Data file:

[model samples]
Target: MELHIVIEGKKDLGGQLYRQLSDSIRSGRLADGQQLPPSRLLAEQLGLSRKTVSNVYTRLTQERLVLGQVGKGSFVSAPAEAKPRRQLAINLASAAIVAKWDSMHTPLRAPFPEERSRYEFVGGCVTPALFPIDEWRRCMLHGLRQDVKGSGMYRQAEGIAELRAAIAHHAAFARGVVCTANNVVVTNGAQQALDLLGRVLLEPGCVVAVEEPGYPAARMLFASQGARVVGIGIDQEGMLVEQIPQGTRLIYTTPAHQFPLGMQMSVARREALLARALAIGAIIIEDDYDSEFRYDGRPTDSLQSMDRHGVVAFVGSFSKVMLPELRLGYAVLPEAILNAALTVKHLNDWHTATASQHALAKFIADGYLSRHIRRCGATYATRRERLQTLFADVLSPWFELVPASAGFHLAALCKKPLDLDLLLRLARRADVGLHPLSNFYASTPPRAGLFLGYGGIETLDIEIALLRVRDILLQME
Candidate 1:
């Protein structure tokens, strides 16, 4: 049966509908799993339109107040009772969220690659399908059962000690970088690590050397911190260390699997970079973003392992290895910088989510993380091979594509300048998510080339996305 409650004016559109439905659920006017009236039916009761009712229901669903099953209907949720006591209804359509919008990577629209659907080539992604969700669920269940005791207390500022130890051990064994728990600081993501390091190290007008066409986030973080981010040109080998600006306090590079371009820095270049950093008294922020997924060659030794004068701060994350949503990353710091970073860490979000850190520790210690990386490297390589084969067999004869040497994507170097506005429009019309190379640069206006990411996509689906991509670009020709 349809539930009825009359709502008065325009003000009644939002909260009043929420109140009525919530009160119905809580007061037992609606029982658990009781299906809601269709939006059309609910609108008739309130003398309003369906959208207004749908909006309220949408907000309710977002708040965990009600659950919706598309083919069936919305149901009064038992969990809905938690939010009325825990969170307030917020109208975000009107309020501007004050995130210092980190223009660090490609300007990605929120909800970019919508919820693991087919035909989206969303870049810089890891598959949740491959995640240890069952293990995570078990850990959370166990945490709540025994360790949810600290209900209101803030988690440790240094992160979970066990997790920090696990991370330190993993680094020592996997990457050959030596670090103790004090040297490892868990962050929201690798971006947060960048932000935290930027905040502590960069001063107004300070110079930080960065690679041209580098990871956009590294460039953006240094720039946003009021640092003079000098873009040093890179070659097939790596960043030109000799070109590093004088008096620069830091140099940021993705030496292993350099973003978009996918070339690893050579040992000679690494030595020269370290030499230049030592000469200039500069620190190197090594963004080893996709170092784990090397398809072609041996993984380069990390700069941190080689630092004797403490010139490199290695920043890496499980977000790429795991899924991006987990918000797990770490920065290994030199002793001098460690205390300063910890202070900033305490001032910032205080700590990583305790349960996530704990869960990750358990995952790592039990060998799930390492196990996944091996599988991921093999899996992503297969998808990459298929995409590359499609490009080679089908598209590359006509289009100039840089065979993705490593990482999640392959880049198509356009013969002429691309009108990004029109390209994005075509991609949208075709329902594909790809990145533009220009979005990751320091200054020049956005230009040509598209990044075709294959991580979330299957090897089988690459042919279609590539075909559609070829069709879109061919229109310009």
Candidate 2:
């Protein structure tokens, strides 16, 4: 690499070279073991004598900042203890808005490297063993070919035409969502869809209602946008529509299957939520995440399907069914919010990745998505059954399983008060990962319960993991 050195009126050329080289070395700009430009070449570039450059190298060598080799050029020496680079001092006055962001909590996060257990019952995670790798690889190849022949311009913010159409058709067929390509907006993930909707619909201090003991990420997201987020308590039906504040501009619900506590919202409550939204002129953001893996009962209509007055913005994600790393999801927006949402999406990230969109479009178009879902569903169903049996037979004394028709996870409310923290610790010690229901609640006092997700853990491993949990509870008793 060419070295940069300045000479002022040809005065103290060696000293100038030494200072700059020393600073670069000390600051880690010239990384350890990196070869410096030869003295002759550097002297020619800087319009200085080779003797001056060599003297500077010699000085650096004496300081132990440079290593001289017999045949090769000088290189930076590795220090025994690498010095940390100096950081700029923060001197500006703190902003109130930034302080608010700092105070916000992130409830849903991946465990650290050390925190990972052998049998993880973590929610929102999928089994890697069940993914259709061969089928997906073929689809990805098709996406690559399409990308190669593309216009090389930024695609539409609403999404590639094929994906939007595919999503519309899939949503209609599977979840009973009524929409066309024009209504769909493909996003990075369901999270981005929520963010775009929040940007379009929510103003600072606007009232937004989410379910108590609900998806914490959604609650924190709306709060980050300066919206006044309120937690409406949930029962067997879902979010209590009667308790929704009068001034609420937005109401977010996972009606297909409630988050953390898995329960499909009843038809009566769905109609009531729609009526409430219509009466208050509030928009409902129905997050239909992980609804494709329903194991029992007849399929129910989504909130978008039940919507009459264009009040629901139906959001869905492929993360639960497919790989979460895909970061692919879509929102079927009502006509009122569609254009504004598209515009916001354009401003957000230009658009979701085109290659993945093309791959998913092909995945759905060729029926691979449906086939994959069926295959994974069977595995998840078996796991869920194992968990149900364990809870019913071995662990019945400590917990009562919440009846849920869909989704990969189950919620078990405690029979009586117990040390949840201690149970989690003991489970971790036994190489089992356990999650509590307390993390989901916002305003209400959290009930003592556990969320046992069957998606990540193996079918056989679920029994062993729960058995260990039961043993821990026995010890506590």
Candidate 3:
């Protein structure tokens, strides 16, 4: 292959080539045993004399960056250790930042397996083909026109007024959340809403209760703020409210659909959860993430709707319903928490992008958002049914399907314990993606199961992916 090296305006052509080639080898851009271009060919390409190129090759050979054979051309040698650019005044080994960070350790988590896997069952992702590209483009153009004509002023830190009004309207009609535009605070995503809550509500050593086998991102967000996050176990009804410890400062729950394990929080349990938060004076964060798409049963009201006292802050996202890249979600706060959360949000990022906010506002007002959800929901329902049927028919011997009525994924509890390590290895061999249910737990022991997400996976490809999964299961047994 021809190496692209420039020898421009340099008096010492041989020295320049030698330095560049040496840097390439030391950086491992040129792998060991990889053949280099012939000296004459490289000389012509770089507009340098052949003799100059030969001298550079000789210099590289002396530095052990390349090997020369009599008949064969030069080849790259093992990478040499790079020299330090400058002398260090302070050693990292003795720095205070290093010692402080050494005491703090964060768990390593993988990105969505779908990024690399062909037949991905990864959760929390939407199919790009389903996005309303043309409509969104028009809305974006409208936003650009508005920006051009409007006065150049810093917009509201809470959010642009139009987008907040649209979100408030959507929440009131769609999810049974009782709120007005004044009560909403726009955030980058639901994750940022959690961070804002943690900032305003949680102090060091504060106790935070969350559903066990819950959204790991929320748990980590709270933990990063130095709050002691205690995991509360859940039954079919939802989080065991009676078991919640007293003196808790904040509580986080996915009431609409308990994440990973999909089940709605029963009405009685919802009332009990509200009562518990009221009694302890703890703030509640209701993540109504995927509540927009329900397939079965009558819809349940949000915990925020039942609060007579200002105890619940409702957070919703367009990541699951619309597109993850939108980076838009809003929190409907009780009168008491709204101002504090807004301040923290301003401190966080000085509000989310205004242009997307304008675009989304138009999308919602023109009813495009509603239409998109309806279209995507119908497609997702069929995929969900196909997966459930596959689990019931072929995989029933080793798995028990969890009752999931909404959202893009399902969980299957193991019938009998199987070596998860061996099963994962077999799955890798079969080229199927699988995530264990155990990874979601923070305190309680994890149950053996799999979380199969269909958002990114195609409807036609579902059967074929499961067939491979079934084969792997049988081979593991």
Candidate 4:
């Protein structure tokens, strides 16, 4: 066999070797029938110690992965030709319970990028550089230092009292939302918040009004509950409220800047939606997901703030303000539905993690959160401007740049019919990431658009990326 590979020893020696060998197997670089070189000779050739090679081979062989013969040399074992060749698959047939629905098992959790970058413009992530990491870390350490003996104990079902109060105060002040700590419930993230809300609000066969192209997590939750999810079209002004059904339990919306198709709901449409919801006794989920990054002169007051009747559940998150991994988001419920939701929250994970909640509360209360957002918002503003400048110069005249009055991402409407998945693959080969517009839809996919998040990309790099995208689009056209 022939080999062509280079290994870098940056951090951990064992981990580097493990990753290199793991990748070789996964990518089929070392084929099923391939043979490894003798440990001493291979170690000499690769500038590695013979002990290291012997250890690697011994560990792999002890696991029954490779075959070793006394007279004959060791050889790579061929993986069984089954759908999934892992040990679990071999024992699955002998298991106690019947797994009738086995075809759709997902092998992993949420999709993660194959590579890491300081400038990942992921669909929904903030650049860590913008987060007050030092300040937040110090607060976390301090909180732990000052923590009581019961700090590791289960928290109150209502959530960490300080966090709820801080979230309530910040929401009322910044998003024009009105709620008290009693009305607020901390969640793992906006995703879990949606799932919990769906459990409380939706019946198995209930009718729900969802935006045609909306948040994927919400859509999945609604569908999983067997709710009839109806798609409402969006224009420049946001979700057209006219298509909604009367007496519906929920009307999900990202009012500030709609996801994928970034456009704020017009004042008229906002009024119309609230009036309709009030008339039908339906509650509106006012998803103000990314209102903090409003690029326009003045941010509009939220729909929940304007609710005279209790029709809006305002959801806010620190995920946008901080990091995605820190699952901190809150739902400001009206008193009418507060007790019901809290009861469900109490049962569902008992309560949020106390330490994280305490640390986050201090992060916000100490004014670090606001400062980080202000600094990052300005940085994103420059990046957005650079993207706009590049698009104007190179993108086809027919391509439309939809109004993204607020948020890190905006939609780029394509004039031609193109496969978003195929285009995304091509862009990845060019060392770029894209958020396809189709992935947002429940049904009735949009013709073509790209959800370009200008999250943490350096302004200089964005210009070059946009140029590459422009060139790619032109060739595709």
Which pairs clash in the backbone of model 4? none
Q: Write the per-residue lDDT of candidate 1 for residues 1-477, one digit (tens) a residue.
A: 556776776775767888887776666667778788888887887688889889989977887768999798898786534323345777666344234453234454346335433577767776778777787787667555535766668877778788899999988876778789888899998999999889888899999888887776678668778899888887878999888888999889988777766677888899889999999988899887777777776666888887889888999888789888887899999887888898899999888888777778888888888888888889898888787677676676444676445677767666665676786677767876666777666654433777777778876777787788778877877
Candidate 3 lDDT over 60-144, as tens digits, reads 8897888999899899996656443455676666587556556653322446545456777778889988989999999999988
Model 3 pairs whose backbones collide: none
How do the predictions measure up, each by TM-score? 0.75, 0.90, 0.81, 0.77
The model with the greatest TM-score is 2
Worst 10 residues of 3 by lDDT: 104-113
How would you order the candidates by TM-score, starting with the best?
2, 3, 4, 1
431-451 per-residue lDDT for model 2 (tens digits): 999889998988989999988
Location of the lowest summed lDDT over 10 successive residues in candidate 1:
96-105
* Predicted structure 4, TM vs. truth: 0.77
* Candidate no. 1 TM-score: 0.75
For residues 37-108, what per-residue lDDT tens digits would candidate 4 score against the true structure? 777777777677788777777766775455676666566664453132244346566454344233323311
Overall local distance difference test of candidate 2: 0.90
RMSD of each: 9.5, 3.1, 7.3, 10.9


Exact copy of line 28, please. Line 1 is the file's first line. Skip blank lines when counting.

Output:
RMSD of each: 9.5, 3.1, 7.3, 10.9